I have been a priest for more than twenty years and one of the great privileges of that has been the opportunity to say mass daily. At that daily mass (Eucharist, if you prefer the more contemporary term) I have met an interesting variety of persons. I say ‘variety’ because there is not just one type of person who comes to daily mass.

Who does come to daily mass? In my experience no single category does justice here. On the surface at least, it appears that there is little common among those who attend daily mass. It is a most strange mixture of people: some nuns, some unemployed people, a lot of retired women, some retired men, a few young persons, some housewives, and a motley collection of nurses, businessmen, secretaries, and other such professionals on their lunch break.

There is no similarity in character among them, but there is something among them (and I am speaking here only of those who truly have the habit of attending daily mass) that is held in common, namely, in the end, they are all there for the same reason. What is that reason? It is something that is deeper and less obvious than is immediately evident. Simply put, people who go to mass daily are there in order to stay alive. They go to mass because they know that, without mass, they would fall apart, inflate, become depressed, and be unable to handle their own lives.

That’s quite a mouthful! People go to daily mass in order to stay alive! I doubt that most people who attend mass daily would tell you that. More likely they would tell you something to the effect that they go to mass to pray to God, or to be nurtured and sustained by God, or to touch God and to receive God’s blessing upon their day, or because they feel it is only right that they should offer some of their day back to God. On the surface, those are their reasons. But for anyone who sustains the habit of daily mass for a long period of time there is a deeper reason, always. Daily mass is a ritual, a deep powerful one that sustains a person in the same way that the habit of attending an Alcoholics Anonymous meeting sustains a man or a woman seeking sobriety.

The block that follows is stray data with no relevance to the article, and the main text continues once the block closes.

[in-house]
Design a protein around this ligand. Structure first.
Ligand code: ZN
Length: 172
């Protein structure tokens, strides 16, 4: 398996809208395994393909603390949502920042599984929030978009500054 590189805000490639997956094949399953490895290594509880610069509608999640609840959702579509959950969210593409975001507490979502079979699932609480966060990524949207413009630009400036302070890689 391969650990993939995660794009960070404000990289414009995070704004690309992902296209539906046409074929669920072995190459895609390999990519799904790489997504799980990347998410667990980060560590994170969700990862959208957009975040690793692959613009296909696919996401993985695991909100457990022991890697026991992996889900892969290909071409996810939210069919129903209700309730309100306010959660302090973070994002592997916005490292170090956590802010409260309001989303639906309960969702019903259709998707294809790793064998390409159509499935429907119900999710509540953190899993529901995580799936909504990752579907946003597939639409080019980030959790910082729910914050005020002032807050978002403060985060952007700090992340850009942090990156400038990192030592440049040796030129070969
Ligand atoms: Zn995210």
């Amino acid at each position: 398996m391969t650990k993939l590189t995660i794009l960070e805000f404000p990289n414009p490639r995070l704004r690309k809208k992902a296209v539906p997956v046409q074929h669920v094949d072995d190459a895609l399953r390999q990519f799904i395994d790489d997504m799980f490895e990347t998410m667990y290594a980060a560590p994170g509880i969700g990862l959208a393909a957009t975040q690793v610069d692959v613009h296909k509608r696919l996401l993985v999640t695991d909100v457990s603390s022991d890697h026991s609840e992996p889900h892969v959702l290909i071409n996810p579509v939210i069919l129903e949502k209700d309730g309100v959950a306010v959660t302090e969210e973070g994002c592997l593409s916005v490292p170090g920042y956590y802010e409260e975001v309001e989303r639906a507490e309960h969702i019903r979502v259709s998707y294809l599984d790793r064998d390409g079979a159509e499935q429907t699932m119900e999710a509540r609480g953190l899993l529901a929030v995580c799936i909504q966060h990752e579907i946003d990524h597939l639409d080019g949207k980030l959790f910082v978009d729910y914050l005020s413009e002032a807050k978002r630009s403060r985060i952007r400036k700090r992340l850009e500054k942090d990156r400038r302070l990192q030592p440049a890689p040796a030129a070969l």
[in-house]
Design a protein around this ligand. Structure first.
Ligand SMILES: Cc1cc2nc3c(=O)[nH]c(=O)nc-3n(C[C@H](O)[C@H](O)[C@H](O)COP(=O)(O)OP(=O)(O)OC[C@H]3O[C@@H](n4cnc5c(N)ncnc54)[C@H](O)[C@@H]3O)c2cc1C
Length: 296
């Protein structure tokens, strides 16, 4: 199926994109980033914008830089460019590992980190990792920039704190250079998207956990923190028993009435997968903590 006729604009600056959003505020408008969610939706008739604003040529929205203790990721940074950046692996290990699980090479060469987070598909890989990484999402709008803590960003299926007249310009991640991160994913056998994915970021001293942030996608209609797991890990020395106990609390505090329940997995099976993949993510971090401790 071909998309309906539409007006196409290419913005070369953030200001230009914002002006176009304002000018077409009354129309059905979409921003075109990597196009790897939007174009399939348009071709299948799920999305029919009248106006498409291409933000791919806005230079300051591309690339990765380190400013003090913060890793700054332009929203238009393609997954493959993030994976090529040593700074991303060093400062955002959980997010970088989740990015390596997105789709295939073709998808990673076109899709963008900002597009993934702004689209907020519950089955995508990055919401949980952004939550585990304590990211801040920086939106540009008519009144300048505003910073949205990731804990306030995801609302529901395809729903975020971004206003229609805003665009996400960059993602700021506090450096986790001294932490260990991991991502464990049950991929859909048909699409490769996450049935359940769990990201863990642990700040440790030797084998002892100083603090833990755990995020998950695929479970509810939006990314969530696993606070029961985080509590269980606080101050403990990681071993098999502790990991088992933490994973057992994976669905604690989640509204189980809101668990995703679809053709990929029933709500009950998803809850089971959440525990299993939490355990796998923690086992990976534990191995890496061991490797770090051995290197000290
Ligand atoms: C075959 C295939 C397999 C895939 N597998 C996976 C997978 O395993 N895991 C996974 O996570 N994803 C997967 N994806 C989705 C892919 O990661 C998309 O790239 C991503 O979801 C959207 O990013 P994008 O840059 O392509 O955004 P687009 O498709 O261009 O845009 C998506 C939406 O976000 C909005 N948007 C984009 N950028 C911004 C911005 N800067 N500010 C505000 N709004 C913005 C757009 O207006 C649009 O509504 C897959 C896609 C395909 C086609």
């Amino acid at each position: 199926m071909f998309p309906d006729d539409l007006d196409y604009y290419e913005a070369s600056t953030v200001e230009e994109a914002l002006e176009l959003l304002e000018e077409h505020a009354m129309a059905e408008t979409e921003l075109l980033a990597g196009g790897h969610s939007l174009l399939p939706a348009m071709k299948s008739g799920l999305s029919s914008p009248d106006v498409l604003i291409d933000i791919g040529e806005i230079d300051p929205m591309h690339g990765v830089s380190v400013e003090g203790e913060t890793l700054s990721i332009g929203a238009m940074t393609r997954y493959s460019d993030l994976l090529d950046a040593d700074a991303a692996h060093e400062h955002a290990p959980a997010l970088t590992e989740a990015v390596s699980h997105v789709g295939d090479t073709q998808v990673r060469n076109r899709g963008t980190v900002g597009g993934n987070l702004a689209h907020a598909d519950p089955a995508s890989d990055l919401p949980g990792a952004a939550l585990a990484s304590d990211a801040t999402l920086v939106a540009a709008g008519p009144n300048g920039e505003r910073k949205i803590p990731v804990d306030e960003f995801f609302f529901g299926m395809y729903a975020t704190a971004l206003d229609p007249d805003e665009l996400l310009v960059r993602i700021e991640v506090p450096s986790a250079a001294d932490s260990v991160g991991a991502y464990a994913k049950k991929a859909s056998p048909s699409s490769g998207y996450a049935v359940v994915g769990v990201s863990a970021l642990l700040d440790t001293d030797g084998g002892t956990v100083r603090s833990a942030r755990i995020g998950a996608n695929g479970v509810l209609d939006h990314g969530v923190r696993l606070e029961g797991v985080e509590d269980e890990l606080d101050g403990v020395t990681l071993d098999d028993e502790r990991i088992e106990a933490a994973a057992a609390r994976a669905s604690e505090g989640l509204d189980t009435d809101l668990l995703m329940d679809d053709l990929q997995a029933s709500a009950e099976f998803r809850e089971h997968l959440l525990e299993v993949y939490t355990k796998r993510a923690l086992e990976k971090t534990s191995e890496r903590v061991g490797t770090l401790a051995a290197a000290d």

I understood that parallel when an alcoholic friend explained to me why he goes regularly to AA meetings. He told me: “I know, and know for sure, that if I don’t go to meetings regularly, I’ll begin to drink again. It’s funny, the meetings are always the same, the same things get said over and over again. I know everything that will be said. Everyone coming there knows that. And I don’t go to those meetings to be a nice person. I go there to stay alive. I go there because, if I don’t, I will eventually destroy myself!”

What is true about Alcoholics Anonymous meetings is also true for daily Eucharist. Granted, it is a prayer, it is a our primary coming together as Christians, it is Christ’s prayer, the perfect prayer that Jesus left us, and it is the place on this earth where God touches us physically. Eucharist is these things. But it is more: it is also a ritual, a container, a sustainer, a coming together which keeps us from falling apart.

And we are always falling apart, failing in most everything: we fight, divorce, have relationships go sour, fill with resentment, lie, slander others, fall from grace, betray our friends and convictions, and only have pleasures which are never whole because they are never fully shared. We go to daily mass not to escape these things so as to fly off into some kind of immortality and freedom. No. The ritual of daily mass reminds us precisely of the fact that we are unfree, that we are sinners, and that we must die – just as an AA meeting reminds those there of the same thing. One approaches the Eucharist table daily precisely to keep oneself aware of the fact that “My name is Ron .. and I’m a sinner!”

Interesting too is the fact that there is a something else held in common among those who attend daily mass, they don’t want a service that is too long or too creative. They want a clear ritual, a predictable one, and a short one. Because of this they are often at the mercy of critics who look at this and, simplistically, see nothing other than empty ritual, rote prayer, people going through the mechanics of worship without heart. Nothing could be further from the truth and this type of accusation betrays the misunderstanding of an outsider.

Daily mass is not meant to be an experience of high energy and creativity. It’s a ritual act, simple, clear, profound. It’s a touching of Someone so as not to fall apart and die.